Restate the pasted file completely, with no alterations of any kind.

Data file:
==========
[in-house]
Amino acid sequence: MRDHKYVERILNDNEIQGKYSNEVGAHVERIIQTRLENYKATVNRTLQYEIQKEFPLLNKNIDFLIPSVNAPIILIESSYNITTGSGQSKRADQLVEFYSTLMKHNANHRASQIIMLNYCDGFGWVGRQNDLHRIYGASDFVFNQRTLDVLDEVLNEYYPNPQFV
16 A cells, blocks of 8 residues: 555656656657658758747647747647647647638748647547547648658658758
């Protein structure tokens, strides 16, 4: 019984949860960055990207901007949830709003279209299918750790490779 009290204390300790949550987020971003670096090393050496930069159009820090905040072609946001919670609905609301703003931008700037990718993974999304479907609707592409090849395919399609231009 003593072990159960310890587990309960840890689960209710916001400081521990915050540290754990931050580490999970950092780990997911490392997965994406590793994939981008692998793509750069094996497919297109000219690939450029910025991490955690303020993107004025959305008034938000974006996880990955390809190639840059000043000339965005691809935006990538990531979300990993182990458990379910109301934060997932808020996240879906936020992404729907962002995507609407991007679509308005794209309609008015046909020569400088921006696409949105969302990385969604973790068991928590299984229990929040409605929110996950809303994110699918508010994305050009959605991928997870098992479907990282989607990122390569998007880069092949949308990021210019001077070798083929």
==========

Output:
[in-house]
Amino acid sequence: MRDHKYVERILNDNEIQGKYSNEVGAHVERIIQTRLENYKATVNRTLQYEIQKEFPLLNKNIDFLIPSVNAPIILIESSYNITTGSGQSKRADQLVEFYSTLMKHNANHRASQIIMLNYCDGFGWVGRQNDLHRIYGASDFVFNQRTLDVLDEVLNEYYPNPQFV
16 A cells, blocks of 8 residues: 555656656657658758747647747647647647638748647547547648658658758
């Protein structure tokens, strides 16, 4: 019984949860960055990207901007949830709003279209299918750790490779 009290204390300790949550987020971003670096090393050496930069159009820090905040072609946001919670609905609301703003931008700037990718993974999304479907609707592409090849395919399609231009 003593072990159960310890587990309960840890689960209710916001400081521990915050540290754990931050580490999970950092780990997911490392997965994406590793994939981008692998793509750069094996497919297109000219690939450029910025991490955690303020993107004025959305008034938000974006996880990955390809190639840059000043000339965005691809935006990538990531979300990993182990458990379910109301934060997932808020996240879906936020992404729907962002995507609407991007679509308005794209309609008015046909020569400088921006696409949105969302990385969604973790068991928590299984229990929040409605929110996950809303994110699918508010994305050009959605991928997870098992479907990282989607990122390569998007880069092949949308990021210019001077070798083929």